You know that feeling when you hit the "send" button and wonder to yourself, "gee I sure hope that wasn't 'reply-to-all.'"
It kind of felt that way over at the New York Times earlier this evening.
A message that was perhaps intended to have been an inside communication got sent to The New York Times' Twitter feed instead.
"The role of declaring the winner of a presidential election in the U.S. falls to the news media. The broadcast networks and cable news outlets have vowed to be prudent."
You don't remember that from Schoolhouse Rock? It was the one right after "How a Bill Becomes a Law," I think.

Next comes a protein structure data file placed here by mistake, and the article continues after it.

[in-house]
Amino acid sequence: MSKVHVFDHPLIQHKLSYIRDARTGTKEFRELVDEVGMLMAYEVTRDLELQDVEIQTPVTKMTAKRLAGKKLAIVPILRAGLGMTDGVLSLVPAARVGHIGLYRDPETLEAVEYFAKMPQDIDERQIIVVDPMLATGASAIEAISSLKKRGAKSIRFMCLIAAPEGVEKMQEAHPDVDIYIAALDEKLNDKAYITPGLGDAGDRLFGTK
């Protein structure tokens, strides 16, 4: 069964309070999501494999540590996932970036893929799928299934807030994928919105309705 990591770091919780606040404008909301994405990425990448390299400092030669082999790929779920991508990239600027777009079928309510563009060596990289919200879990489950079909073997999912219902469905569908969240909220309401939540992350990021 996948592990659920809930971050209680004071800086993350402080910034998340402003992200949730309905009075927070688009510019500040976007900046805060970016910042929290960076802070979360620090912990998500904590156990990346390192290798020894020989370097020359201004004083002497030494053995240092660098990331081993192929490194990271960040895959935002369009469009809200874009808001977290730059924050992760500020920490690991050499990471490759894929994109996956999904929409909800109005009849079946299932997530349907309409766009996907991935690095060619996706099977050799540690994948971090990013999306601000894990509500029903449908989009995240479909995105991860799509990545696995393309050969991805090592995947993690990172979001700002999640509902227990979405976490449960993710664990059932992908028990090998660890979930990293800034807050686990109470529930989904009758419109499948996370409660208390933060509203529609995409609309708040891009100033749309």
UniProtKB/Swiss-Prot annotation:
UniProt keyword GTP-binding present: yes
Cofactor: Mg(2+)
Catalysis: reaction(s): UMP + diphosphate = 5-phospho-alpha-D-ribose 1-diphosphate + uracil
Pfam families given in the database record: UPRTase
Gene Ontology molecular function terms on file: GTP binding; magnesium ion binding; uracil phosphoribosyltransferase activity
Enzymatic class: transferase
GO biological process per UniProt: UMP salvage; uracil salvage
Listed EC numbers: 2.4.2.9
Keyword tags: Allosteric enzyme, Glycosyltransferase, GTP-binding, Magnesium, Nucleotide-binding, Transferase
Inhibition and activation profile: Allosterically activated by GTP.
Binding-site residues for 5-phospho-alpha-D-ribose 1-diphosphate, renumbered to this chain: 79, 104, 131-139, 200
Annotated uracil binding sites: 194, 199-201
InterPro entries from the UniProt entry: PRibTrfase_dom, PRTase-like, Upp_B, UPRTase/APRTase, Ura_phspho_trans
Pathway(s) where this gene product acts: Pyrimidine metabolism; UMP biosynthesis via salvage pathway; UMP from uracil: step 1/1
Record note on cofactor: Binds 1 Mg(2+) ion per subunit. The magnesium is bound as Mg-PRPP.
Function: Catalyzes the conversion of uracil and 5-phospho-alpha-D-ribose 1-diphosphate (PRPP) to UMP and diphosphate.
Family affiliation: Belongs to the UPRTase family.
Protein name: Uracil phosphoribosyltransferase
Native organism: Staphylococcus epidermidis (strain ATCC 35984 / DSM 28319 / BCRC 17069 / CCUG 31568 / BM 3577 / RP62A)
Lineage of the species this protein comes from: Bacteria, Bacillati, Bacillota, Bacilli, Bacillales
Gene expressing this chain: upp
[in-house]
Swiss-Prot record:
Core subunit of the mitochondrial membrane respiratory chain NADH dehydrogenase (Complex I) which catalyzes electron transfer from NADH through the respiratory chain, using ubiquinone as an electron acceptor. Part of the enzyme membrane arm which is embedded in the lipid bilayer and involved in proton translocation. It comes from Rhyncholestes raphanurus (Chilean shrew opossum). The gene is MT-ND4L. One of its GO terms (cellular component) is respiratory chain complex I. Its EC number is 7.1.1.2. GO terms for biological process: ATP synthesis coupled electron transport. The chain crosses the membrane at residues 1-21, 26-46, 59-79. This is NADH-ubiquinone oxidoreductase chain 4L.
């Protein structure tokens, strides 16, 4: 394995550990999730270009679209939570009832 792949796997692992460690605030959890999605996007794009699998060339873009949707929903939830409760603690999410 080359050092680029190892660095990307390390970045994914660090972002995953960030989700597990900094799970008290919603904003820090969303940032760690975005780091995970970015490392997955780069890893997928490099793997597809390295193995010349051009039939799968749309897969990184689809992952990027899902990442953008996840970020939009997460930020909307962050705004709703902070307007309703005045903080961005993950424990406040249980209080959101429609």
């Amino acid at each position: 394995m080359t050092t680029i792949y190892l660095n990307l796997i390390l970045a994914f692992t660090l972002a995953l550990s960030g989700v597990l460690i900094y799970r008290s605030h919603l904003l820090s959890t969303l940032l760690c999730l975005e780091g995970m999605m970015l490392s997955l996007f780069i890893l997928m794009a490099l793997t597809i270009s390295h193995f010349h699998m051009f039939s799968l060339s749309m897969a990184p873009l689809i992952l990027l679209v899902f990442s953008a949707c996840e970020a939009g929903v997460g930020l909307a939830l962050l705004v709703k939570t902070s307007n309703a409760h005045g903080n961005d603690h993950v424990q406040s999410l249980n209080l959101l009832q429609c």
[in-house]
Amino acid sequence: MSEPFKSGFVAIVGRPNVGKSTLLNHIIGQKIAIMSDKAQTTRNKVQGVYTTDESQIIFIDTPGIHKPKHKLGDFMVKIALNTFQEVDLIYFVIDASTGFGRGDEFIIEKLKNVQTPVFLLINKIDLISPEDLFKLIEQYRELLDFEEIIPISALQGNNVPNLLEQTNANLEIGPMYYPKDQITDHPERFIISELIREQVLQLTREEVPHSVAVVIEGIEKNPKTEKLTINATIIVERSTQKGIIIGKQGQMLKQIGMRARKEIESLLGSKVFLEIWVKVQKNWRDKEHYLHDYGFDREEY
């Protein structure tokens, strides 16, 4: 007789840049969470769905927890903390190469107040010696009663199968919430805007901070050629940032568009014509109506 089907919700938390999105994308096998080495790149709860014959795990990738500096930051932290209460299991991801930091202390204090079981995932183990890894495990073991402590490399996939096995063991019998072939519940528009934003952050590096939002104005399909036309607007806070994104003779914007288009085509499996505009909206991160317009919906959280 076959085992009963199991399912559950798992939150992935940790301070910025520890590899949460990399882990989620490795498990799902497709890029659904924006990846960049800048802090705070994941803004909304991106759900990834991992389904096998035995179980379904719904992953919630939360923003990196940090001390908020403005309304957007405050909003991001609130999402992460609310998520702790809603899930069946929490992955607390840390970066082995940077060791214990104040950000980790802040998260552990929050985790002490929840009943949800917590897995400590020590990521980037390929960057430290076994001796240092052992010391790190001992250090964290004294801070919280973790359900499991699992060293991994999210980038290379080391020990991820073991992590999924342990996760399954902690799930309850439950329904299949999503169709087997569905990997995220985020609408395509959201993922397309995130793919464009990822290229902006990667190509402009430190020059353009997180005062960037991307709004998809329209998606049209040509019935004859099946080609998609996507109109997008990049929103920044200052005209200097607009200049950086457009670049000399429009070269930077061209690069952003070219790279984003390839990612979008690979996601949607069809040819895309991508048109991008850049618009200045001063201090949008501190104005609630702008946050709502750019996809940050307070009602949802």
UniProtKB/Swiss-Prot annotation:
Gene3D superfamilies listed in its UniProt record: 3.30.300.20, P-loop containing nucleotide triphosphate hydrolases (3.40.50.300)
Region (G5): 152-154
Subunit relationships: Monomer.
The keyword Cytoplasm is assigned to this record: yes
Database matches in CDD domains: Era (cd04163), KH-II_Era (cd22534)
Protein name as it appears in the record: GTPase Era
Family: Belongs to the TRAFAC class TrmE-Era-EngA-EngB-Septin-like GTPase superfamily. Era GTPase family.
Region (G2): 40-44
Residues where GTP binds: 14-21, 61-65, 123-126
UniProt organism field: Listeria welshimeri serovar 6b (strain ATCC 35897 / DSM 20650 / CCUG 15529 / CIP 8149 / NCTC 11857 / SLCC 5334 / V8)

Besides, they'll be "prudent," so it's all good.
How do we know it's real? Could it perhaps have been a deep fake? A false flag? A Russian ploy?
Nope, they deleted it. (Language warning at link.)
And then patiently explained that what they just said was the opposite of what they meant to say.
Out loud, that is.
It was a matter of being "imprecise." Happens all the time.
Just to clear it up once and for all, here's what they originally said.
"The role of declaring the winner of a presidential election in the U.S. falls to the news media."
And here is what they meant to say.
"The news media... does not declare the winner of the election."
That's why we should all totally believe this.